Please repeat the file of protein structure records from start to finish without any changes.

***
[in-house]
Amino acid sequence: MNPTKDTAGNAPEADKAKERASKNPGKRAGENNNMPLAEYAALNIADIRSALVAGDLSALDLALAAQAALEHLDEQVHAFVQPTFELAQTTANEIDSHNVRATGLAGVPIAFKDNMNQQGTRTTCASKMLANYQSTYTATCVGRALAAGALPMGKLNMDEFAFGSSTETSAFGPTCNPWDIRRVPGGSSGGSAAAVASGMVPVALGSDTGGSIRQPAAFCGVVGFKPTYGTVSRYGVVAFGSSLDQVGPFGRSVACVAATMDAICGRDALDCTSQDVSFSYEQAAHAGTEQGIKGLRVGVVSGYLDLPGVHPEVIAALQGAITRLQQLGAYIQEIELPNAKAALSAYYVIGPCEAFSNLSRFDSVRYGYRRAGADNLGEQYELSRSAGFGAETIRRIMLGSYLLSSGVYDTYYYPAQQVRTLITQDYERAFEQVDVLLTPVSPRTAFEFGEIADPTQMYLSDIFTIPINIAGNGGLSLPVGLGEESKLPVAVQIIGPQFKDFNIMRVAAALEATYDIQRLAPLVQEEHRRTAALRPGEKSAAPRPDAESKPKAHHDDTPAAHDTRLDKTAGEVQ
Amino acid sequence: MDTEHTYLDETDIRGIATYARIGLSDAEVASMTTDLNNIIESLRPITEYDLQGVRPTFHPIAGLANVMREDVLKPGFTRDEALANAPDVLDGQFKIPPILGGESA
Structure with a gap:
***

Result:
[in-house]
Amino acid sequence: MNPTKDTAGNAPEADKAKERASKNPGKRAGENNNMPLAEYAALNIADIRSALVAGDLSALDLALAAQAALEHLDEQVHAFVQPTFELAQTTANEIDSHNVRATGLAGVPIAFKDNMNQQGTRTTCASKMLANYQSTYTATCVGRALAAGALPMGKLNMDEFAFGSSTETSAFGPTCNPWDIRRVPGGSSGGSAAAVASGMVPVALGSDTGGSIRQPAAFCGVVGFKPTYGTVSRYGVVAFGSSLDQVGPFGRSVACVAATMDAICGRDALDCTSQDVSFSYEQAAHAGTEQGIKGLRVGVVSGYLDLPGVHPEVIAALQGAITRLQQLGAYIQEIELPNAKAALSAYYVIGPCEAFSNLSRFDSVRYGYRRAGADNLGEQYELSRSAGFGAETIRRIMLGSYLLSSGVYDTYYYPAQQVRTLITQDYERAFEQVDVLLTPVSPRTAFEFGEIADPTQMYLSDIFTIPINIAGNGGLSLPVGLGEESKLPVAVQIIGPQFKDFNIMRVAAALEATYDIQRLAPLVQEEHRRTAALRPGEKSAAPRPDAESKPKAHHDDTPAAHDTRLDKTAGEVQ
Amino acid sequence: MDTEHTYLDETDIRGIATYARIGLSDAEVASMTTDLNNIIESLRPITEYDLQGVRPTFHPIAGLANVMREDVLKPGFTRDEALANAPDVLDGQFKIPPILGGESA
Structure with a gap: